P. Waegli, Book in preparation
Computationally efficient models enabling behaviour exploration of large scale cyber physical systems by simulation
P. Waegli, Proceedings of SPIE Vol. 9517 (SPIE Bellingham, WA, 2015), Paper 9517-106
Cyber physical systems (CPS) enable applications not previously possible by networking components incorporating tightly connected physical and computational (cyber) functions. We propose a method for studying and optimizing such systems at an early development stage by using simulation. Models, which mimic the cyber physical components behaviour, combine analytical models for the physical part with neural network models for the cyber part. Such models are computationally efficient, can be easily upgraded and can be networked to simulate even large scale cyber physical systems. Applications for studying architectural issues, overall reliability and commercial aspects of cyber physical energy systems will be discussed.
Role and Potential of Semi-Autonomous (PV) Power Systems - A Simulation Model to Study Feasibility and Economic Impacts
P. Waegli, Proceedings of the 31st European Photovoltaic Solar Energy Conference and Exhibition, 2810-2815, (2015).
Electricity generated by renewable energy sources, especially photovoltaic, is growing with high pace. Where penetration of renewables is high, energy production can, depending on weather conditions, exceed demand during certain times of the day. This causes electricity prices to fall and to become eventually even negative during such times and it poses considerable challenge to grid stability. Such a scenario is neither economically nor technically desirable. With prices for batteries falling, new storage technologies evolving and ICT becoming ubiquitous, semiautonomous systems with a high degree of energy self-sufficiency are coming into reach. Their adoption can have significant impact on existing business models and energy infrastructures. As experience is limited and field testing restricted by technical and financial constraints, simulation is the only means to study the technical and economic issues associated with the realisation of such systems where the roles of producers, distributors and consumers of energy merge. Here we report on a novel approach to model such heterogeneous systems in a unified simulation environment.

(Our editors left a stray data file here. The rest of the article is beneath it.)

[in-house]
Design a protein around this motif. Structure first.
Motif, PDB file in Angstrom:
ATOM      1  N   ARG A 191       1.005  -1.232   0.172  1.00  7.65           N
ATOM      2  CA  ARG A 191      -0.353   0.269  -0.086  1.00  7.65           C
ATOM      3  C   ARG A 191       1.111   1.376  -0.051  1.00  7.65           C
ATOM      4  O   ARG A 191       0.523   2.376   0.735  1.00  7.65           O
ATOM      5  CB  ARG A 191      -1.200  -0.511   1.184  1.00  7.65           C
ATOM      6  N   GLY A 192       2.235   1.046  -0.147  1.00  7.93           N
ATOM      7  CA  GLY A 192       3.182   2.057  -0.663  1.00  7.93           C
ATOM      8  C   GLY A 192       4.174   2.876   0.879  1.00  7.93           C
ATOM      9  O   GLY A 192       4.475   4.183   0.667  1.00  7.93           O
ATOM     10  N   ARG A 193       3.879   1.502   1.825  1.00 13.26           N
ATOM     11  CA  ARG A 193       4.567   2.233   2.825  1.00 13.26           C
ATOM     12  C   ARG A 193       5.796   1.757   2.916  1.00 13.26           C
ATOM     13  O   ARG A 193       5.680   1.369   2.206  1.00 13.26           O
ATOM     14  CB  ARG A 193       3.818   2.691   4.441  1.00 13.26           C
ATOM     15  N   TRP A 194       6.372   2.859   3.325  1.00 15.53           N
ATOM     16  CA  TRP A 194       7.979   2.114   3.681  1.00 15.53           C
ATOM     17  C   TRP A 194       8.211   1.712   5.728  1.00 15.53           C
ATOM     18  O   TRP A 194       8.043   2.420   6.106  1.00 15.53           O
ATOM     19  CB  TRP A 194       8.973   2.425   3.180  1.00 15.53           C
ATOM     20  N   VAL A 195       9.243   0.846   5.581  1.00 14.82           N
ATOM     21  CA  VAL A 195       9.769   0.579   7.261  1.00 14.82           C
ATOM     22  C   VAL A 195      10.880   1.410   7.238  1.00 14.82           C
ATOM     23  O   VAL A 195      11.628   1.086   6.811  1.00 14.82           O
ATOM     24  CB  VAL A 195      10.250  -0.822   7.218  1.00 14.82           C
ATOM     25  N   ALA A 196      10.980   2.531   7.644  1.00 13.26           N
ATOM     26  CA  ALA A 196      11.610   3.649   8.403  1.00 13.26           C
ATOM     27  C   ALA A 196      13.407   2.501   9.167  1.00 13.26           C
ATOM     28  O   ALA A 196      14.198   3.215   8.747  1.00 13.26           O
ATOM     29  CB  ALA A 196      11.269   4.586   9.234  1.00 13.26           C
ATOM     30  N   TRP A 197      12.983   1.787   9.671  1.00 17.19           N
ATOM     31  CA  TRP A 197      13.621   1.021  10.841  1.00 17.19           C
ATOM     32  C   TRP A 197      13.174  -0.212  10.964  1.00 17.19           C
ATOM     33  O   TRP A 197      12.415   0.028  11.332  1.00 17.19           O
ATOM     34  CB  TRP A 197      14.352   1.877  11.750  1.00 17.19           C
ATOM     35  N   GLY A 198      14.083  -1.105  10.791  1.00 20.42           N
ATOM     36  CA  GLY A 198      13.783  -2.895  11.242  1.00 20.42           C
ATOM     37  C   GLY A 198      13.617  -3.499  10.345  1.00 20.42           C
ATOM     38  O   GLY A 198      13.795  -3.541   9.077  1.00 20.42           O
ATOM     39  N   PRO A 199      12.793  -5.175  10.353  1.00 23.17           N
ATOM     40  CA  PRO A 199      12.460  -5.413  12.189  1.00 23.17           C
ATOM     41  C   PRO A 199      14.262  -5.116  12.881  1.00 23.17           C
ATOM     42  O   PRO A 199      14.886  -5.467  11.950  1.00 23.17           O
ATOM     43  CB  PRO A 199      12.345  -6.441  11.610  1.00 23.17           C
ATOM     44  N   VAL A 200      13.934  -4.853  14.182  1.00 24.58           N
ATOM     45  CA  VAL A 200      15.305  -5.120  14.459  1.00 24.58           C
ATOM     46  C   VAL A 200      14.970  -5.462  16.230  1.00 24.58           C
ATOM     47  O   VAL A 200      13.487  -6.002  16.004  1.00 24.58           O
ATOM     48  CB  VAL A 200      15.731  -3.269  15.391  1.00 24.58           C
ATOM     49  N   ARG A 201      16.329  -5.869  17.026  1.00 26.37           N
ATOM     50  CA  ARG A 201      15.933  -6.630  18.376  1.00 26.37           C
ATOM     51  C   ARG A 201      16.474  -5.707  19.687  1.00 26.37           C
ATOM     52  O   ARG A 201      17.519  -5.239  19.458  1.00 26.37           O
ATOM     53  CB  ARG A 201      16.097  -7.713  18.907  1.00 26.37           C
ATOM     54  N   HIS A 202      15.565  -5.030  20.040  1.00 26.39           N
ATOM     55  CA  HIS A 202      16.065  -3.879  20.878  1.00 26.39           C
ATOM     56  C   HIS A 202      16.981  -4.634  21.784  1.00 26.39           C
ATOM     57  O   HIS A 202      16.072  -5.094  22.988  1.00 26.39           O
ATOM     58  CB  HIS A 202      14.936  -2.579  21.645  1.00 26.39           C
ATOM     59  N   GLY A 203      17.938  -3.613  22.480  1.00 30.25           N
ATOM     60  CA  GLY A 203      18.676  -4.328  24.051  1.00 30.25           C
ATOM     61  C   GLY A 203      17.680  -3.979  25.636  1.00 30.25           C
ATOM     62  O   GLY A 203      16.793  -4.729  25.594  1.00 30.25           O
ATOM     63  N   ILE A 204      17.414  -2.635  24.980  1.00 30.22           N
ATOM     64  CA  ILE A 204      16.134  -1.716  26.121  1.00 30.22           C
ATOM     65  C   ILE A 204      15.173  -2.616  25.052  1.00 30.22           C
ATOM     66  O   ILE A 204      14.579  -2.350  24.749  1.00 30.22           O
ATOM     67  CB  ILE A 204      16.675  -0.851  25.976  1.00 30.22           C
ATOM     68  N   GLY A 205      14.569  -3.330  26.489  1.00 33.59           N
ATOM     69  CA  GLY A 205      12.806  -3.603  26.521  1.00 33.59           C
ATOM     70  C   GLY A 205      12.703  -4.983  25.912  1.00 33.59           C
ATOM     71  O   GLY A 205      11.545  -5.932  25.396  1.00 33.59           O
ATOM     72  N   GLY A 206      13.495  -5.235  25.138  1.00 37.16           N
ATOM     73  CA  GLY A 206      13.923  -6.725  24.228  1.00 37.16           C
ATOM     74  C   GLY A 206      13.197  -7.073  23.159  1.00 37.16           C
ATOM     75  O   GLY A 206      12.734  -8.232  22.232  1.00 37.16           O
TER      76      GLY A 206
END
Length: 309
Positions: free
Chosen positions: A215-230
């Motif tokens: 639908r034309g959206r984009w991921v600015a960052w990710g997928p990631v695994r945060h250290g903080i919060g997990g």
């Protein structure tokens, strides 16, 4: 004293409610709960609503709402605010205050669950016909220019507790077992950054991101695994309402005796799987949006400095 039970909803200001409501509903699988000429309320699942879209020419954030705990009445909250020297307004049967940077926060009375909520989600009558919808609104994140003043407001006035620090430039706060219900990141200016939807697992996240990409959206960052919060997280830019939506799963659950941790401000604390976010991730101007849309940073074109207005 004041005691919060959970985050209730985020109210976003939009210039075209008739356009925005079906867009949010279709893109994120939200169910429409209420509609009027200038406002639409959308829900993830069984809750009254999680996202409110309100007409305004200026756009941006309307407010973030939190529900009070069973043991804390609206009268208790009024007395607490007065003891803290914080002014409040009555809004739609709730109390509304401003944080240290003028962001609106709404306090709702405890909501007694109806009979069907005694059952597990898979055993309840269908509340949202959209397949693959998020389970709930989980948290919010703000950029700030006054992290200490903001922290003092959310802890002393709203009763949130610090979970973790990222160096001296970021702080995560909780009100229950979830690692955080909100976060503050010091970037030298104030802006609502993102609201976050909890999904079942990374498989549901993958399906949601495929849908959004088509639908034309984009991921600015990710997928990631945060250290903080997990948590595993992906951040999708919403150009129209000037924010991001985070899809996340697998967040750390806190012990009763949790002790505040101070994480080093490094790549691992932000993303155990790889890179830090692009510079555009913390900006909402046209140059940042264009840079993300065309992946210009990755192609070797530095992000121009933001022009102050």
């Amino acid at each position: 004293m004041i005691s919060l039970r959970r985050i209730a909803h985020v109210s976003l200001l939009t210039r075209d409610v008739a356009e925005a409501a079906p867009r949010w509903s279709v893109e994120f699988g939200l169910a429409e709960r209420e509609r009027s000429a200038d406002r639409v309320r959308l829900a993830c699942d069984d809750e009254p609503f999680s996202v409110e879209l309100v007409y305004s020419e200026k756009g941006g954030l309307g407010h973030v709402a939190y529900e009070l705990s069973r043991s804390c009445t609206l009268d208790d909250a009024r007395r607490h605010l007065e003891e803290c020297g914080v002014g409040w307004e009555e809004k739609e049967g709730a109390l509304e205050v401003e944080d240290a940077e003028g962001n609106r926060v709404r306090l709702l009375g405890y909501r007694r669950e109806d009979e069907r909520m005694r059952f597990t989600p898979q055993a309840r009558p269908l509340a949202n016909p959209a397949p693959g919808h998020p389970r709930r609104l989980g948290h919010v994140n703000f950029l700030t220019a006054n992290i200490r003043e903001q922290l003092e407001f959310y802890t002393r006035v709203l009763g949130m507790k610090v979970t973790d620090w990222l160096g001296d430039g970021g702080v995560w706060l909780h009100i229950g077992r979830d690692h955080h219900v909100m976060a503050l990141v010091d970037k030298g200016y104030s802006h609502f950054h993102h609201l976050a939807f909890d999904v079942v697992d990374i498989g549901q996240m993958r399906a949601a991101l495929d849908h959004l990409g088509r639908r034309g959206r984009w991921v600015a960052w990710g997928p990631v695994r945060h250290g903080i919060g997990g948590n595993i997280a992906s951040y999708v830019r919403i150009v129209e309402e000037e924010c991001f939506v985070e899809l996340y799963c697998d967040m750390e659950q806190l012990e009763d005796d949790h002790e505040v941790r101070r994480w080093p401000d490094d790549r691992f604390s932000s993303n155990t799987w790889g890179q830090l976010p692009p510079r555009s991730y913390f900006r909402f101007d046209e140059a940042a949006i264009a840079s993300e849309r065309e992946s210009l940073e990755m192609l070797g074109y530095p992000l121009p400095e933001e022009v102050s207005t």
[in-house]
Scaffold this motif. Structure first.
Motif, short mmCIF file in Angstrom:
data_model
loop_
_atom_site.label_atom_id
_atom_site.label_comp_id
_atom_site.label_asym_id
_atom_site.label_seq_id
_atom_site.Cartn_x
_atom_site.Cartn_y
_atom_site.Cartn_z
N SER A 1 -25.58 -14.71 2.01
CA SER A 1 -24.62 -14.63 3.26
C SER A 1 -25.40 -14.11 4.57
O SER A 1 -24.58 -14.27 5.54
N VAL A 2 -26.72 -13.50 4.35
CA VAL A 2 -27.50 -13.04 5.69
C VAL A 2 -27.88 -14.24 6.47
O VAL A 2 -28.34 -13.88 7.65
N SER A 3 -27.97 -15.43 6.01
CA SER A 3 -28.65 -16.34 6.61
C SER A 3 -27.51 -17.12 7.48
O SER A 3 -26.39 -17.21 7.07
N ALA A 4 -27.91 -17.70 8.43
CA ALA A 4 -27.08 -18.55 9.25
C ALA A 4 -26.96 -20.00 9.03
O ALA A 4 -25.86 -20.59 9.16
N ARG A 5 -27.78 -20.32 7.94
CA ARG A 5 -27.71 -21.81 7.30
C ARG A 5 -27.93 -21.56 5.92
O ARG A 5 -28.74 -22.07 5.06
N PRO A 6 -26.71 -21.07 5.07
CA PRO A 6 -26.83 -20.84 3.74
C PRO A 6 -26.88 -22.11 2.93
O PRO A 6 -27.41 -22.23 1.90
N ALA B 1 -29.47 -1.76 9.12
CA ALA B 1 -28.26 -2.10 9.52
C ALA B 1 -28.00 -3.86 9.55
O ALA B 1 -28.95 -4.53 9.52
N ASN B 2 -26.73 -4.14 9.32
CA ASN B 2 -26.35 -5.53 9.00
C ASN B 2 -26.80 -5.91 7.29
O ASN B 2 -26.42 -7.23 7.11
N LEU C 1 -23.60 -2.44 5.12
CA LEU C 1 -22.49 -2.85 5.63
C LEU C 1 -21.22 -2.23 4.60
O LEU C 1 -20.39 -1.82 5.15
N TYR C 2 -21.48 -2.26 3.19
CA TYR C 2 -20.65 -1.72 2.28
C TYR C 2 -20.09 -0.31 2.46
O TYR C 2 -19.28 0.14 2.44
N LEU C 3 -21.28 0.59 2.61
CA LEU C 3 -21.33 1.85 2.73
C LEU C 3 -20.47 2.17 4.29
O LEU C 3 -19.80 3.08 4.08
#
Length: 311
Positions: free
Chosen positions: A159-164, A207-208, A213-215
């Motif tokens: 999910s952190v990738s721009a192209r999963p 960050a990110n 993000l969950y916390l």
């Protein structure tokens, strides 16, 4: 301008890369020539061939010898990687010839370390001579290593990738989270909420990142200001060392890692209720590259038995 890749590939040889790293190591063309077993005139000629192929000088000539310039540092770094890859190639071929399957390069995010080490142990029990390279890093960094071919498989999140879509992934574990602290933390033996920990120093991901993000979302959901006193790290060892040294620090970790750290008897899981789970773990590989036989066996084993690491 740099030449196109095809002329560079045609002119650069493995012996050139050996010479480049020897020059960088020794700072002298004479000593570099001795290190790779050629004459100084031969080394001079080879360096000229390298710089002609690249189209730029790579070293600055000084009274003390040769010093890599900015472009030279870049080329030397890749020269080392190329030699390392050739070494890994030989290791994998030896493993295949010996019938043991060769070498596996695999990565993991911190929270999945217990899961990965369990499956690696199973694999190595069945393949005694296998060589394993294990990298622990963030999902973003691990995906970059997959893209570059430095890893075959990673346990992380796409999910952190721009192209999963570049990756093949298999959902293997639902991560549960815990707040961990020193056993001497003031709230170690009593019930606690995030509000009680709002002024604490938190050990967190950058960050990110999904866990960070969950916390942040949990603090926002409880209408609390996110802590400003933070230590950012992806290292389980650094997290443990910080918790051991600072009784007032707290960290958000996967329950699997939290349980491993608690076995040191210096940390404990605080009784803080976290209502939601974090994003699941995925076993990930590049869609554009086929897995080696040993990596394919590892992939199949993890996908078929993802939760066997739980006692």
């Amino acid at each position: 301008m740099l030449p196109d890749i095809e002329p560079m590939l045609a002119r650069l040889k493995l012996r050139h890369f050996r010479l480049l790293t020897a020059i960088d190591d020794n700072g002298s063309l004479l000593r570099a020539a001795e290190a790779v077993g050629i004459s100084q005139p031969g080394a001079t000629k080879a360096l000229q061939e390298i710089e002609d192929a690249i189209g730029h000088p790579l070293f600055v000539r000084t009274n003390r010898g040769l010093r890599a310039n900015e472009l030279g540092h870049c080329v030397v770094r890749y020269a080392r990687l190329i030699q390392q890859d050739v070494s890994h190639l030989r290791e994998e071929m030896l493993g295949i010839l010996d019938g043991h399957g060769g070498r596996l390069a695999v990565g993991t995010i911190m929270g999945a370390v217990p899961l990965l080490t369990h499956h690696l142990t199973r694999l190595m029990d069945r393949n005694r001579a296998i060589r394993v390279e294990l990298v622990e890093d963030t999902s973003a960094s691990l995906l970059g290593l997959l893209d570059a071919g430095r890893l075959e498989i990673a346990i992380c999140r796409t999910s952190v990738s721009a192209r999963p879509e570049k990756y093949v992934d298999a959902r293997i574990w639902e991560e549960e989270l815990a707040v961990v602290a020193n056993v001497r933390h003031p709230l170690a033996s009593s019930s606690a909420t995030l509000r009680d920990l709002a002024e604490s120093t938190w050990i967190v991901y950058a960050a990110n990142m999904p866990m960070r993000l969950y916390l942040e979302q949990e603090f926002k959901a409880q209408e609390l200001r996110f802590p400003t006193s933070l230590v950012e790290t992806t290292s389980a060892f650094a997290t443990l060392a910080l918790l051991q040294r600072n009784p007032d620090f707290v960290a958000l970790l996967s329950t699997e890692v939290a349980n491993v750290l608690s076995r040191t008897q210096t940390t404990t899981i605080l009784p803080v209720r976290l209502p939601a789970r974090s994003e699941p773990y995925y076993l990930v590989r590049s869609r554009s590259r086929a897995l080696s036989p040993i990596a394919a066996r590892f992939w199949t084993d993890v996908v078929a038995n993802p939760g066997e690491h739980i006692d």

P. Waegli, Presentation, Off Grid Energy Independence, IDTechEx Show, Berlin (2018).
Decentralized, (semi-)autonomous energy systems, promising considerable advantages over traditional grid-based systems, are becoming technologically and commercially feasible and are gaining attention at accelerating pace. As experience is limited, system design, technology selection and the development of business models still pose considerable challenges for potential adopters.
We hence propose a holistic simulation approach for designing, analysing and optimising system architectures. Surrogate models for components (sources, storage, energy converters, controls, etc.), user applications and associated load profiles as well as for environmental impacts are interconnected to simulate system behaviour. We will discuss model building and will demonstrate how such simulations can be used for feasibility and trade-off studies as well as for system optimisations under various constraints.